Five people were signed up for the class, but only one ended up showing. I had just sat in on a class that I will to be a substitute for in a few days, and I ended up essentially copying her sequence for my class. I'm still finding it a challenge to create and teach gentle sequences for beginners or people with limited mobility. Before I got serious about teaching yoga, I hadn't taken a gentle or beginner class in years.
A second person showed up to the class about five minutes after it started, went through a few poses, and immediately left, talking about how his shoulders hurt and he'd probably have to go to the hospital. After the class, the director would tell me that that particular person most likely had nothing wrong with his shoulder. Apparently it's incredibly common for that individual to back out of things, using whatever dramatic excuse he can muster.
My one student was incredibly inquisitive and ended up telling me about the various meditation techniques he does. Aside from the fact that he immediately popped out of the final resting pose, the rest of the class is incredibly uneventful. I thank and say good-bye to the people in the offices and make my way outside.
Outside, a couple in a few of the plastic chairs by the entrance yell out, "Hey! Where you going?" I laugh and yell back, "Home!" -- which I immediately cringe at. Over to my right is a guy from my first class sitting in another plastic seat. Last week, he was essentially the yoga helper, rounding up people who were interested in the class but had been given the wrong time. This week, he's slumped back with a glazed over expression on his face.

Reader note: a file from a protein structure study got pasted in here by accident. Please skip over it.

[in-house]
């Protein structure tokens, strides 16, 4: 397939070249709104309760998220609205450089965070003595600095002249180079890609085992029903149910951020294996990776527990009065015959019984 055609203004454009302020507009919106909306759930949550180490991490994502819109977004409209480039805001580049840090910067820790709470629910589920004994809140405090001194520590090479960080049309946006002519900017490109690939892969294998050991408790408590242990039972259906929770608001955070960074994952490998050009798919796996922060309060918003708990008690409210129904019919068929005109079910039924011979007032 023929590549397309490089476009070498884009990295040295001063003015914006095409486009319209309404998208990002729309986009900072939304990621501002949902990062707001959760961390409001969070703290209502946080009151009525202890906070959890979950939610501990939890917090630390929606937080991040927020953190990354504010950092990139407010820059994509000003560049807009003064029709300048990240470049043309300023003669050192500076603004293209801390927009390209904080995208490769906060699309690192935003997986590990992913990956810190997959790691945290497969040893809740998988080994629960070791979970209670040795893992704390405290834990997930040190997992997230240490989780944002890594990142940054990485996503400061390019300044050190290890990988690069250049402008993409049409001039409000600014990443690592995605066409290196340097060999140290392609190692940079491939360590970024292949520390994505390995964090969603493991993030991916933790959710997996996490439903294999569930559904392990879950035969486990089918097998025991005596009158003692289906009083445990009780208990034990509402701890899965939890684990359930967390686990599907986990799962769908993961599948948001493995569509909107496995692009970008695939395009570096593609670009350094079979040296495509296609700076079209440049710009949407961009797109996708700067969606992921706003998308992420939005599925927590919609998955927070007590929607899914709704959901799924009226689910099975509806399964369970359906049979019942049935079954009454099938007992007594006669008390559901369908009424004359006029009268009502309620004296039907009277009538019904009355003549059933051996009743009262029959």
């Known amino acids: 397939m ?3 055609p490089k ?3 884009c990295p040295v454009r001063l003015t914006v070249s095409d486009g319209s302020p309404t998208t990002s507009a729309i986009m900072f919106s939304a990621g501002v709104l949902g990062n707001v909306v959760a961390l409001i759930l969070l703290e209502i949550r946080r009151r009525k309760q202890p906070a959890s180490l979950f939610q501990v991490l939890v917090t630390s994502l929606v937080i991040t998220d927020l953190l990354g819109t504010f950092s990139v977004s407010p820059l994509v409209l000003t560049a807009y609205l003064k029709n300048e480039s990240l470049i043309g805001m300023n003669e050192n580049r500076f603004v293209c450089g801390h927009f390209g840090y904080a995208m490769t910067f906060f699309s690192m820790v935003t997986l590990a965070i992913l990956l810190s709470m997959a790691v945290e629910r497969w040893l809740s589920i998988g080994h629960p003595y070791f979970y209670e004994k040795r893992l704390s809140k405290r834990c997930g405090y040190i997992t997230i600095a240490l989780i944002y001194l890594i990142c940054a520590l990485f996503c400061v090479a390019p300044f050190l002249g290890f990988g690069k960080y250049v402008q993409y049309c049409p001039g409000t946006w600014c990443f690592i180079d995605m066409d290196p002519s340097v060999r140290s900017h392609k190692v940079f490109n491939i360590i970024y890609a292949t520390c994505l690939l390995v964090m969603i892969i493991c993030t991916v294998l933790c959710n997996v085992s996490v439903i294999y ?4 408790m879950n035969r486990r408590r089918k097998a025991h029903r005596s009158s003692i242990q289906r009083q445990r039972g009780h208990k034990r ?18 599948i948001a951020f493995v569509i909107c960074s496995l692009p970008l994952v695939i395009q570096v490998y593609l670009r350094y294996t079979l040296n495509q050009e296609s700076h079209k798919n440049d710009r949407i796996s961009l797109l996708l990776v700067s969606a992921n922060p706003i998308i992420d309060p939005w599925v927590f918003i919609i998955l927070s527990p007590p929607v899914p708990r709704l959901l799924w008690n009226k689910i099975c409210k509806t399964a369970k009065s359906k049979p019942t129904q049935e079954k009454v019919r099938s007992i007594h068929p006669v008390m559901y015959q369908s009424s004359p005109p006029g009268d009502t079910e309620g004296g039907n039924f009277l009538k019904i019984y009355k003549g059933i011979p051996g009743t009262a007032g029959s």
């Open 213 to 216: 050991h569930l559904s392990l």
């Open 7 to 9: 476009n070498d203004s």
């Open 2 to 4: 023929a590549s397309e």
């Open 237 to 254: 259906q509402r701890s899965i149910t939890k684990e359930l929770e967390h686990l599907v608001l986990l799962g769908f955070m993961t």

I run into the director on my way to the parking lot, and we end up talking about the class and what we could expect in terms of attendance. After a few minutes, the guy who attended class last week gets up from his chair and saunters over, apologizing for missing the class. He then tells us about a fight that happened in the park last night -- a nearby park where the homeless now congregate at ever since the hours were cut back at the homeless services center. He's slurring his words and drooling out the left side of his mouth.
The center itself is essentially deserted. Aside from people signed up to attend my class, no one is allowed in the center after 1 pm now. The director had warned me that there will be days where people are in my class purely as an opportunity to stay inside. On a day like today, when the weather is perfect, I might not see much of that, but once winter hits, there will be a lot of people in my class purely to be in a heated place.
Before the director and I say our goodbyes, a tall man with a scowl on his face walks past. He gives the director a curt, "hey," before walking down the street. When he's out of earshot, the director tells me that particular guy specializes in getting with the homeless women in the area, only to attempt to pimp them out for drug money. When things inevitably go awry, he sees nothing wrong with beating them senseless. He's apparently gone through 5 different "girlfriends" in the last 6 months. The director tells me that he tries to step in and help the women, but most of them came from horrific and abusive backgrounds, and the cycle of violence is stronger than one guy's words.
I make my drive back home, past the park where every bench has at least two or three homeless people on them. The officials wants them out of the parks, but also wants to scale back on shelters and services. As if there's a dividing line in the city, I quickly go from the "bad" neighborhood to "good". Before long, I'm driving past recently-created neighborhoods with 3000 square foot homes lined up and down the streets. I get to my own neighborhood and collapse on my couch. As we had learned yesterday, there have been a few burglaries in our neighborhood in the past few months. The neighborhood watch is on high alert and apparently a few teenagers have already been caught attempting to break into another house. For the first time since we bought the house, I'm more aware of locking doors behind me, closing easily-accessible windows, and keeping my laptop out of plain view.